Carlisle: Kaka is Feeling Awesome in MLS - Soccer Drills and Skills |

Carlisle: Kaka is Feeling Awesome in MLS

SANFORD, Fla. — At first glance, Kaka looks to be a man with no more worlds left to conquer.

He is a World Cup winner with Brazil, and he won a UEFA Champions League medal with AC Milan. There are Serie A and La Liga titles in his trophy cabinet and a slew of personal honors. He is the last player to win what is now known as the FIFA Ballon d’Or before guys named Lionel Messi and Cristiano Ronaldo started dominating the award.

So as Kaka, 34, walks off the field after a training session for current club Orlando City SC, one wonders what drives him to subject his body to the rigors of professional soccer, especially in a league as physical as MLS. Sure, the competitive fire that has allowed the Brazilian to play for some of the best teams in the world like Sao Paulo, AC Milan and Real Madrid isn’t so easily quenched, but there is more. As he stands on the side of the practice field, there is a humility and grounded-ness that shines through and allows him to still take joy from the game.

“When I started to play, I just started for fun, and I don’t want to lose that,” he says. “So I just play for fun. It became my profession, my career, everything — I earn money with that. But I don’t want to lose it and I’m not losing the pleasure to play and have fun.

“It’s not easy. I have to say it’s hard, it’s work. I have to put some targets in life, in my career to grow and work towards them. This is what is my motivation. Every day it’s the hard work here in my head to achieve that.”

The mind can’t live without the body, however, and these days, Kaka’s 6-foot-1 frame doesn’t always cooperate. Orlando has played nine games so far this season, and Kaka has been on the field for only four of them. He insists that injuries are out of his control, can happen at any time and are an accepted risk of his profession. But he has high expectations and so does his coach. Orlando manager Adrian Heath says he has “no fears” about Kaka’s physical state.

kaka is feeling awesome in mls

“I expect him to play more than he did last year, and I know he’ll be a bigger influence this year,” Heath says.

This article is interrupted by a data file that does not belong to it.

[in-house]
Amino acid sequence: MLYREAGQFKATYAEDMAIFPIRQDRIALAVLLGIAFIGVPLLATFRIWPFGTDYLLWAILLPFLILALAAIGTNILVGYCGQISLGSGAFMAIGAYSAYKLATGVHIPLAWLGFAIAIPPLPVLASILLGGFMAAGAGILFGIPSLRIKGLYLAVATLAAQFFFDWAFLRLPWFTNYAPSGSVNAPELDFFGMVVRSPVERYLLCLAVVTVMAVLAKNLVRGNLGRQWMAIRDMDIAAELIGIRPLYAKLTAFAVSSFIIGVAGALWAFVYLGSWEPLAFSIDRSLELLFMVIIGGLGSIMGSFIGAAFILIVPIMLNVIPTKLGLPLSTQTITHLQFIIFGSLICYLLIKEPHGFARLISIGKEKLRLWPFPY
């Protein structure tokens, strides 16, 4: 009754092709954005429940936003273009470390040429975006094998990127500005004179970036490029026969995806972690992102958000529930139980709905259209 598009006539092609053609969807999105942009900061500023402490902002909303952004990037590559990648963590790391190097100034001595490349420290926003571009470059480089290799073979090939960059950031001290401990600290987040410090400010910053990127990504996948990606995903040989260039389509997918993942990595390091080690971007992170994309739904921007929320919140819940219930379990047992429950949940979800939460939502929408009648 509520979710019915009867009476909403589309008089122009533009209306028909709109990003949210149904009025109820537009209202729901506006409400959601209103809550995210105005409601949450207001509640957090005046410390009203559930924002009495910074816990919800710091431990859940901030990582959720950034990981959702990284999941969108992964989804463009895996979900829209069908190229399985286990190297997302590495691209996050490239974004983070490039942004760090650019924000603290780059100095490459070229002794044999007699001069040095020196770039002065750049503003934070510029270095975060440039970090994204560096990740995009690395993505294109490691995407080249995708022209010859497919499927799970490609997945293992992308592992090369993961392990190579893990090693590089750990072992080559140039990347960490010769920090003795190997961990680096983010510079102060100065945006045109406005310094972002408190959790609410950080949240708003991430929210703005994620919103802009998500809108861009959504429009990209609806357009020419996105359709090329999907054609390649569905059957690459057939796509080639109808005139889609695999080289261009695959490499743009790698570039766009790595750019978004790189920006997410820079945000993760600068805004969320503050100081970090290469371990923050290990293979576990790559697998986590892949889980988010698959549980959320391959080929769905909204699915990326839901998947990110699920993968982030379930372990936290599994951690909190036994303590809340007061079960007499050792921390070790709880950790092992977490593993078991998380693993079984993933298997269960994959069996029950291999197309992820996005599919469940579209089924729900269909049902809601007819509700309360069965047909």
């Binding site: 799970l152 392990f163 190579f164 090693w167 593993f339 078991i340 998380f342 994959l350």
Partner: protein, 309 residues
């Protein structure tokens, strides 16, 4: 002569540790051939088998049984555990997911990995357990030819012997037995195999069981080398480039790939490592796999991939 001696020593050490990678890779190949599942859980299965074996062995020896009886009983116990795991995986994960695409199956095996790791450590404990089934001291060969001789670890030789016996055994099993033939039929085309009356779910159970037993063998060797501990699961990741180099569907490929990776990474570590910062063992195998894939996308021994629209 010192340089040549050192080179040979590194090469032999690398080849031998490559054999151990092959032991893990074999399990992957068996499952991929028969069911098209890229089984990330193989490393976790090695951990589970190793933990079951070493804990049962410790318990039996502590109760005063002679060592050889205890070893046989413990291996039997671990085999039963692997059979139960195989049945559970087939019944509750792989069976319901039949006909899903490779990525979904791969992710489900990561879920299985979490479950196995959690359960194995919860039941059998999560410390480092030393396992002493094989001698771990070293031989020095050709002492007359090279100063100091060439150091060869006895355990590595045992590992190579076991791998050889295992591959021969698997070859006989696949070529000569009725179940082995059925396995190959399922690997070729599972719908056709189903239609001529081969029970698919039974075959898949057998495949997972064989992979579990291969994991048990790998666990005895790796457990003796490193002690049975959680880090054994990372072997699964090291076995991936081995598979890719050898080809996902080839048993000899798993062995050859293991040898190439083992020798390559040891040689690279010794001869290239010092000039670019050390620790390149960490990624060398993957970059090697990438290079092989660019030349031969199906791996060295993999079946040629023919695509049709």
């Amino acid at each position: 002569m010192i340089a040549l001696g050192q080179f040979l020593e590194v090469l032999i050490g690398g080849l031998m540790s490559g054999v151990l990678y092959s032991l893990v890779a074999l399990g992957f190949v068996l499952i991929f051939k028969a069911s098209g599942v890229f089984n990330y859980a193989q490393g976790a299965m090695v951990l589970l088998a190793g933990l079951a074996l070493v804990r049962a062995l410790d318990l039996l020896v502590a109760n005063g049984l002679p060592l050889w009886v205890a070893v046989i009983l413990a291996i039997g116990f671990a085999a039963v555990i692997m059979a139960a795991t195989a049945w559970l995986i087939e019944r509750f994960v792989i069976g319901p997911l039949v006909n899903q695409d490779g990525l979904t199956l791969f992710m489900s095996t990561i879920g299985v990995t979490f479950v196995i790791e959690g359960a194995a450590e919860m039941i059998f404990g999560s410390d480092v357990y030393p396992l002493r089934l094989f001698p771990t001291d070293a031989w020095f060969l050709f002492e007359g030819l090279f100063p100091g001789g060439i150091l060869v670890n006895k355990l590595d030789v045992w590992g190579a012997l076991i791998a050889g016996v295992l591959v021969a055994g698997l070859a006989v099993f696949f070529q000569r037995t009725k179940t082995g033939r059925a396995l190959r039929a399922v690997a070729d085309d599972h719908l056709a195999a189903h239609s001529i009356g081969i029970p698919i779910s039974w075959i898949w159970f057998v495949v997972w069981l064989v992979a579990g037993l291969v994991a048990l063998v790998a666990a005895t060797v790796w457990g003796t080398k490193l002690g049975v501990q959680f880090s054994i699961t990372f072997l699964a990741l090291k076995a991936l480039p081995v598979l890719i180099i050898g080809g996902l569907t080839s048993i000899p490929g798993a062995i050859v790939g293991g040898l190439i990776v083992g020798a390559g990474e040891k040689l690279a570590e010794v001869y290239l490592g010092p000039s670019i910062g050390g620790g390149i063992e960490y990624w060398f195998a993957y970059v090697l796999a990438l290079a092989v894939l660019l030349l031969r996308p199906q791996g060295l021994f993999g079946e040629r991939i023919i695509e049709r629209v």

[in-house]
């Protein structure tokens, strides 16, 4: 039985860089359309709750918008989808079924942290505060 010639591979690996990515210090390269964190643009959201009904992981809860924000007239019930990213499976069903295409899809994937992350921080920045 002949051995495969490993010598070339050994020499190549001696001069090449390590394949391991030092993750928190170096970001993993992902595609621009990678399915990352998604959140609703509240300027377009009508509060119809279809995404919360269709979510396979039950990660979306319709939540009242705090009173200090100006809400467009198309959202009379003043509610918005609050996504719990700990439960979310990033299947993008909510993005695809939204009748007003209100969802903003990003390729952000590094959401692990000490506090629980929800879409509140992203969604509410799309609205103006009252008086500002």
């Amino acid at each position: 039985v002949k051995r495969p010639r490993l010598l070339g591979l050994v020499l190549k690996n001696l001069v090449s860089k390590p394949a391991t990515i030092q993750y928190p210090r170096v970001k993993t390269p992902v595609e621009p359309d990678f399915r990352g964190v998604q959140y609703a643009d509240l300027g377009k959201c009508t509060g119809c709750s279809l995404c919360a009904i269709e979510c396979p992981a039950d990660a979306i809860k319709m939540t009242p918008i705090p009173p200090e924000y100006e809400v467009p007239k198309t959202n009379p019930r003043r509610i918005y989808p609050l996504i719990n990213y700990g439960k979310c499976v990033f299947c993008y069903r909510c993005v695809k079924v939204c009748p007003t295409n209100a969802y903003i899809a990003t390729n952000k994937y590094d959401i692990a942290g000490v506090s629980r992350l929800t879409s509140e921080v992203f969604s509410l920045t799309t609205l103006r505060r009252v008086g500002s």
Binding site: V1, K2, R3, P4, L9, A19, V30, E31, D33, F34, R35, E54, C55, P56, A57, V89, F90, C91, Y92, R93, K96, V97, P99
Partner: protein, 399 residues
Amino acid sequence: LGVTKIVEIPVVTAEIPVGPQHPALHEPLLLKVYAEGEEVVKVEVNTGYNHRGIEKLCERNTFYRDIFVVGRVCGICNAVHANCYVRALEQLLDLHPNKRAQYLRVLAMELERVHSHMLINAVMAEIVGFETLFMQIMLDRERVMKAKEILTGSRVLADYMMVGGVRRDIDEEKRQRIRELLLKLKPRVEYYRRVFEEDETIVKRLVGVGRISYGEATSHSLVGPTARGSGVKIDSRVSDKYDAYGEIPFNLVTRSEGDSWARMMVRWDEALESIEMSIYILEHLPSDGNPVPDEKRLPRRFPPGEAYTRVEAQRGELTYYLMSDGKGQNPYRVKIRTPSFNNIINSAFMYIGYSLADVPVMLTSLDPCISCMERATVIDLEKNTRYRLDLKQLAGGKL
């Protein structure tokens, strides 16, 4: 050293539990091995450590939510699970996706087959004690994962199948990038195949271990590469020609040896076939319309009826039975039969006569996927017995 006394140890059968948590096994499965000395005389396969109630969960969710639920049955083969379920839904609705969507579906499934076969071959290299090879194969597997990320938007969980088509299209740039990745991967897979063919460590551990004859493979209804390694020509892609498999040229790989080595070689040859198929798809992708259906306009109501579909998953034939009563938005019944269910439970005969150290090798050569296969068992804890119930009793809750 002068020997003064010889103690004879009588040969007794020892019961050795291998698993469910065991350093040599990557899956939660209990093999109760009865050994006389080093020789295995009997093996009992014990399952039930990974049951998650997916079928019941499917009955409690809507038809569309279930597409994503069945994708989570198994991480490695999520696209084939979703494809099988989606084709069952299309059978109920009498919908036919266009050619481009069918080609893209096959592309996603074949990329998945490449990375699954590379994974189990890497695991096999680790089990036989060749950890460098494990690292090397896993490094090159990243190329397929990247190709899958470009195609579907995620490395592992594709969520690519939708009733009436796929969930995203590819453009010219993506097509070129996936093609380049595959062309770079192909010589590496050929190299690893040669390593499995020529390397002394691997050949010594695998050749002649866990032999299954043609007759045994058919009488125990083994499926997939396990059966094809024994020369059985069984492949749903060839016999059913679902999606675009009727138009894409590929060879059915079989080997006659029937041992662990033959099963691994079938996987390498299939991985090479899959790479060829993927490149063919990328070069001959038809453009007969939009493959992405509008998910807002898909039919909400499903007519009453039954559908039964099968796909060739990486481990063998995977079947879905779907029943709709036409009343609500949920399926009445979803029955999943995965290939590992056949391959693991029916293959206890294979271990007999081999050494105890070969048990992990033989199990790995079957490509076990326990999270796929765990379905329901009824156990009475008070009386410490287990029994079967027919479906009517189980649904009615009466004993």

Heath is no doubt counting on Kaka’s still-impressive technical prowess and ability to read the game to push his side forward. But there is another benefit as well. The more time Kaka spends on the field, the more he is able to impart his accumulated wisdom on those around him.

“They all know what the plan is, but sometimes younger players, in the heat of a game, get so wrapped up in it. They sort of lose the plan, and actually with their enthusiasm they start to do other things,” Heath said. “I think Kaka is the reassuring word going, ‘Whoa, whoa, whoa. This is what we do — let’s stick to it.'”

Kaka asserts that he’s learning too, especially when it comes to coping with the physical demands of MLS. But there are tactical considerations as well. He remarks that when he played in Italy, everything was tactical. Now he finds himself trying to meld that with the more physically robust game in MLS.

“It’s not just about running,” he says. “It is about running in the right direction and with some good advice from the coach, the experienced players, it makes the difference.”

The role of teacher is one that runs in Kaka’s blood. His mother, Simone, was a schoolteacher when he was growing up in Sao Paulo, and he says that in Orlando he has taken on a similar role. And he can instantly recall the players who had the biggest influence on his career; a pair of AC Milan legends in Cafu and Paolo Maldini, as well as Sao Paulo goalkeeper Rogerio Ceni.

At first, the list seems somewhat incongruous. A pair of defenders and a goalkeeper? Wasn’t there a playmaker in there who Kaka took some pointers from? He insists that they passed on different kinds of lessons.

“They were the best teachers that I had because they won everything that they could and every day they had the motivation, the behavior and the mood to still keep going, keep playing and working hard. How they handled everything in their career, the pressure. They teach me a lot of good things, and these are things I want to pass onto the other players.”

Do the Orlando players listen?

“Most of them, not all of them,” he says with a laugh. “But it’s normal because some of them think in a different way. They have their way to do things. It’s good. My way is not the right way [for everyone]; it’s just my way, and I try to give them some directions to avoid on-field problems.”